Atuona, 19 November, 1998
To M. Cotiche, Chief Gendarme of Atuona,
Hiva Oa, Marquesas
Dear M. Cotiche,
Following our numerous and difficult
conversations, I would like to:
- Recapitulate the events since our arrival in the Marquesas
- Enlighten you on certain judiciary laws in regard to the posting of the bond for cruising sailors.
10- 19 - 98, 11:00 am
I cleared into the Hiva Oa Gendarmerie as usual and required.
The Gendarmes stamped our passports as
having entered, and did not give us any visas. Achim does not
need a visa for three months; However I, as an American citizen,
was told I need a visa after one month , and this visa is
renewable only up to three months total. After that I must obtain
a further 3 months in Papeete only. They said it has never been
done to extend the visa from the Marquesas. In other words, my
husband is allowed to stay in French Polynesia for up to one
year, while I will have a very difficult time to get a visa
extension for the maximum of 6 months.
The police then informed us that, before receiving our visas, we would need to post a monetary bond each. They also said they did not know how much this bond would cost and I would have to go to the bank to find out.
At the bank Socredo, the teller said the price changes every day for the bond. The price would also be different for both Achim and I even though we have been married for seven years, mine for the United States and his for Europe. Supposedly this bond is the equivalent of a one way ticket back to your country of origin. The cost came out to the following:
(in French Polynesian Francs)
118.200 CFP for Germany
89.000 CFP for the United States
+ 5.000 CFP non refundable for process
This is the equivalent of $2210.50 US dollars, of which $ 52 is non refundable. The rest was to be reimbursed once we leave French Polynesia.
10- 26 - 98, 10:00 am
On this day both Achim and I went to the Gendarmerie to ask for help.We have saved up sufficiently to get by here in Polynesia during our stay, but we do not have the cash to post as bond.
You M. Cotiche, responded:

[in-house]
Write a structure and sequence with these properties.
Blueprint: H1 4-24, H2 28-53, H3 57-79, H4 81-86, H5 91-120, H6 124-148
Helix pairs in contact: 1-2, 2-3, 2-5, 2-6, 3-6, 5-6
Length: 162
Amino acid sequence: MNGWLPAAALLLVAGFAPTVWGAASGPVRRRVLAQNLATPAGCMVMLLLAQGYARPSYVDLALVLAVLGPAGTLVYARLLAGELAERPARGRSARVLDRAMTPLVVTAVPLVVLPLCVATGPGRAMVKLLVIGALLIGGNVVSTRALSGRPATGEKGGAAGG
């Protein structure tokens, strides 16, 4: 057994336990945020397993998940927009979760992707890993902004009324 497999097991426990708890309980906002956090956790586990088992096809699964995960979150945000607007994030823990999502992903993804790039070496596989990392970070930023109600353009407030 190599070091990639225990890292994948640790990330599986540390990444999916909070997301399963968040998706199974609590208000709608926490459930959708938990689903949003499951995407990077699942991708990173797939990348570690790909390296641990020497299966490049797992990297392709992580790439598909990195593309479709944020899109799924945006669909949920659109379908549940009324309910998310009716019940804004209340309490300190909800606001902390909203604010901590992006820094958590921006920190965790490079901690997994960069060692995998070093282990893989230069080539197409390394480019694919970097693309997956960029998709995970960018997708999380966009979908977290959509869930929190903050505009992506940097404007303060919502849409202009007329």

"You don't pay, you will have to leave, then."
Although I offered to pay for the visa, the French Officer explained that until we paid the bond, I would not be able to get my visa in order to stay. Therefore I will be here without a visa after 11/19/98.
M. Klemmt asked to see the law, and the policeman showed us an undated, glossy yachting brochure, "the Guide to Yachts," produced by the Port Authority of Papeete. No mentioning of the amount of the bond was specified, or what is the maximum time allowed to lapse before this bond would need to be paid.
When Achim asked to see the law and have it in writing, you refused and said there was nothing to write; this was the Polynesian law. You then proceeded to CONFISCATE our passports and acted very rudely to us. My immediate reaction was to leave this place immediately. This decision seemed to have caused you relief, since you gave the passports back to us, declaring, "so much the better, good riddance."
10- 29 - 98, 9:00 am
We were visited by you , M. Cotiche, with your powerboat. You did not approach our boat closely with and we had to scream in order to talk to you. He said that my husband Achim was "pas aimable" (not nice) in the police station and this is why he confiscated our passports.
You said we had a total of 15 days to pay the bonds and then you would be obliged to call the customs agents in Papeete to seize the boat and extradite us. We agreed to come to the gendarmerie office tomorrow morning.
After over two hours of consulting with you, and you could show us absolutely no official law indicating that we must post bond as members of the CEE, you continued to refuse to grant me my visa, and you warned us of the risks should we decide not to pay. You showed us a law from the Tahiti airport, several years old. You then insulted my husband, calling him "stupid," and asking him to be intelligent and pay the bond. You said we certainly have someone somewhere who could loan us this amount of money.
I would once again like to inform you that we are still ready to pay for our visa, but we do not at all agree with your interpretation of the law that this visa is linked to the bond payment.
Considering that the owner and captain of the boat, Mr. Klemmt, is a German citizen, he ought to be exempt from paying this bond and the visa following the terms and conditions of the international accords linking France to the Members of the European Community. His wife, being married to Mr. Klemmt for 7 years and having a permanent residency in Germany, should also be exempt from this bond.
Mr. Van Drunen, Dutch citizen, authorizes me to cite the decision of the Tribunale Administratif of Papeete, which judges his entry on the territory to have been legal without him having paid the bond; it suffices to satisfy the conditions of articles 6, 24 and 20 of the decree of April 1939, which is the same in our case.
If you would like to consult these documents, I would be happy to
furnish you with:
- Article 171 of the Maastricht treaty
- Decision of 12 December 1990 in the joint affaire c-100/89 and C-
101/89 of the Court of Justice of the European community
- The judgement of the Tribunale Administratif of Papeete, 26th October
- The amendment rejected by the national Assembly of April 25, 1996.
All these documents support the rights of CEE citizens in the territory. I hereby state, Mr. Cotiche, that you have tainted your behavior with a judiciary error. I once again ask you to deliver me the visa to which I have the right without condition.
Erika M. Ginsberg-Klemmt
Cc: Justice of the European Community
Cc: Germany Embassy in Paris
Cc: German Honorary Consulate, Papeete
Cc: High Commissioner, Papeete, Tahiti
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